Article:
“If you plan and think through various scenarios ahead of time, you can make operational decisions in a way that is more strategic so that you can carry on with mission-critical functions.” —Kalpen Trivedi

Paul Friga, PhD, a clinical associate professor at the Kenan-Flagler School of Business at the University of North Carolina-Chapel Hill, describes scenario planning as a tool for strategic planning, setting the organization’s mission, vision, and priorities to ensure its ability to progress. Strategic planning—a process frequently used in military situations—guides resource allocations for maximum returns, he says.

“Strategy is essentially managing the risk of the enterprise to be successful in its journey,” says Friga, who teaches courses in management consulting and strategy and is a senior consultant with AGB Consulting. “When macro forces change, like the pandemic, it requires a reevaluation of strategic positioning and priorities in light of a new world order.”

Scenario Planning: Pandemic Edition

At Western Michigan University (WMU), scenario planning is an integral part of the institution’s overall planning that involves leaders from across campus. Additionally, the university’s Haenicke Institute for Global Education (HIGE) has a permanent strategic planning team in place that meets regularly to develop, improve, adjust, and implement strategic operations for international education.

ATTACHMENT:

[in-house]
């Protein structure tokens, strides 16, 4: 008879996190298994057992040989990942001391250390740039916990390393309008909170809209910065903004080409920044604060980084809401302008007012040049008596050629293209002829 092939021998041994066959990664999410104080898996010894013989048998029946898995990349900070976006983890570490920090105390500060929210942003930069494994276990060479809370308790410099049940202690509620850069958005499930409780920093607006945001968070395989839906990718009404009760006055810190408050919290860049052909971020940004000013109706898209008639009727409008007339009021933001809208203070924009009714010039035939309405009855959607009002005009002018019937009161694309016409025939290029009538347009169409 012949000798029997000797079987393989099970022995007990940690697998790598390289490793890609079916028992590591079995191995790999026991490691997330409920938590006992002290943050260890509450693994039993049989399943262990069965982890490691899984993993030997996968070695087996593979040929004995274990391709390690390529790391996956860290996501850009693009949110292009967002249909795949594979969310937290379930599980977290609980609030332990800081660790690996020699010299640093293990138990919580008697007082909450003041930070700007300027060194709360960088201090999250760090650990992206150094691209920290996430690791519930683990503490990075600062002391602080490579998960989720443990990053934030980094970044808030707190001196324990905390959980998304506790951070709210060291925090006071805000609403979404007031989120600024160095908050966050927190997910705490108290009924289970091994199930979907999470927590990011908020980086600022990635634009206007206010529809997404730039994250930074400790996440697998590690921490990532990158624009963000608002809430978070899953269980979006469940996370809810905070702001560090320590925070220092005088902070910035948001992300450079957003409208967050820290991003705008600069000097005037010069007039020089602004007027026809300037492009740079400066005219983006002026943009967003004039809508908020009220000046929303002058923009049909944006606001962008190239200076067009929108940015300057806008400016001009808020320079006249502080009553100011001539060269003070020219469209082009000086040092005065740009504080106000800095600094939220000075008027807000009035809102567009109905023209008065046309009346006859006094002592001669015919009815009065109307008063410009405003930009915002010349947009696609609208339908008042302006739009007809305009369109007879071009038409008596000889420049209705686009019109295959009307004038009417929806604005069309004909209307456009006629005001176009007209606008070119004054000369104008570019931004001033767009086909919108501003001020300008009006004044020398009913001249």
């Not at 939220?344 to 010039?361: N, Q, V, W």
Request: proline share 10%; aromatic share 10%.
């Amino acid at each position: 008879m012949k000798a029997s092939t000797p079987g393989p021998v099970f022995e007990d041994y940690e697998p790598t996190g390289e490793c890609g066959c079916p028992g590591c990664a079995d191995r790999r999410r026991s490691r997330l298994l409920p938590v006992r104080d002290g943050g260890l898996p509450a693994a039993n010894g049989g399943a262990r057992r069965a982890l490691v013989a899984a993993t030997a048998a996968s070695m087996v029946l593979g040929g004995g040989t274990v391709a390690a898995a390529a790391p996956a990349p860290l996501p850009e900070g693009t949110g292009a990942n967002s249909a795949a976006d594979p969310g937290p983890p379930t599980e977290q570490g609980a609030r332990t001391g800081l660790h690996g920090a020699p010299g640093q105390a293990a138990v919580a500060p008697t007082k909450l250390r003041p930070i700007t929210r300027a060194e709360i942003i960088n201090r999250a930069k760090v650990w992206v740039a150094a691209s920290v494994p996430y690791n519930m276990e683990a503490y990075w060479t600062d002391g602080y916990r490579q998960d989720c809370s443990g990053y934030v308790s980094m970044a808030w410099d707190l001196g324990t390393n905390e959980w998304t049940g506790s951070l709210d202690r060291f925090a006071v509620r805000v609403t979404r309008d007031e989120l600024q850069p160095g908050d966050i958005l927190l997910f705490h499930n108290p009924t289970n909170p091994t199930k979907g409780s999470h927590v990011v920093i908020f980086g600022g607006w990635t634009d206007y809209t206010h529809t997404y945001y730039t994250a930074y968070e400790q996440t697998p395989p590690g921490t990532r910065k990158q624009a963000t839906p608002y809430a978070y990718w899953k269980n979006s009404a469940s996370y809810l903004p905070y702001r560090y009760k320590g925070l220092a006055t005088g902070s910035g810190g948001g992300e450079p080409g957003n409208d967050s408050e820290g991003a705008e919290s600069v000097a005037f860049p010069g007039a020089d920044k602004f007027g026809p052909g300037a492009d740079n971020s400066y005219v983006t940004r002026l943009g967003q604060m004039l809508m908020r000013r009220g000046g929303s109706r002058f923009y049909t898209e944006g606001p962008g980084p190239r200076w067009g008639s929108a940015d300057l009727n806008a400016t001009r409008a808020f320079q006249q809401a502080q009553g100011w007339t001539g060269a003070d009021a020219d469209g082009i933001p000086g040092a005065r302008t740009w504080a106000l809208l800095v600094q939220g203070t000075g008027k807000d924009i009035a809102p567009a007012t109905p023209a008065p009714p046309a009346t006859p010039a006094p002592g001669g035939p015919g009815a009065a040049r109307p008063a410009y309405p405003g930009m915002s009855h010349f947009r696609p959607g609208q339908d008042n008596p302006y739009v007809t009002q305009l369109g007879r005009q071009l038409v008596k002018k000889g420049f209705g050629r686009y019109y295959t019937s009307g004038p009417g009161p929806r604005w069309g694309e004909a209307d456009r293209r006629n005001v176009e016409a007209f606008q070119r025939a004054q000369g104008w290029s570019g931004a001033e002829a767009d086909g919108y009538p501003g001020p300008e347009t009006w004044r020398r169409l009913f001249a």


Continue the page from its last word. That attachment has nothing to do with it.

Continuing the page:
This team proved critical in WMU’s efforts to prepare for multiple scenarios as the pandemic spread.

“The COVID-19 pandemic underlined the need for scenario approaches, given the high levels of uncertainty brought upon higher education and society in general,” says Paulo Zagalo-Melo, PhD, associate provost at HIGE. “I feel that now we tend to take scenario building more seriously, and to be more pessimistic—or at least less optimistic—when designing and discussing these scenarios. Typically, we plan for three different scenarios ranging between a ‘pessimistic’ and a ‘realistic’ scenario. Presently, ‘realistic’ is not a very optimistic scenario.”

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Staff collaborate with sticky notes on a wall
At Western Michigan University, leaders across campus collaborate on scenario planning, which has helped the university's respond during the pandemic. Photo: Courtesy WMU

Zagalo-Melo says high levels of uncertainty about COVID-19 made scenario planning a challenging and often frustrating task from March to August 2020. Collective understanding about the virus was in its infancy, and guidelines from the Centers for Disease Control and Prevention and state health departments often conflicted or changed frequently. Moving into the fall 2020 semester, however, Zagalo-Melo says the situation became clearer, allowing the WMU planning team to regain confidence, which he describes as an important asset for planning and scenario building.

“[In the early months of the pandemic], our collective societal knowledge [of COVID-19] was being absorbed at an uneven pace, sometimes making us feel we were moving one step forward and two steps back,” says Zagalo-Melo. “It felt like driving blindfolded at times.”

Five Components of Scenario Planning

A year into the pandemic, it is clear that the ability to remain nimble and adapt to unexpected circumstances is vital. Last March, international educators across the globe went into high gear making sure that students on study abroad programs, as well as international students studying on campuses in other countries, all returned home safely. At the same time, they had to make sure that students could continue their academic studies virtually, along with making plans for the subsequent summer and fall semesters.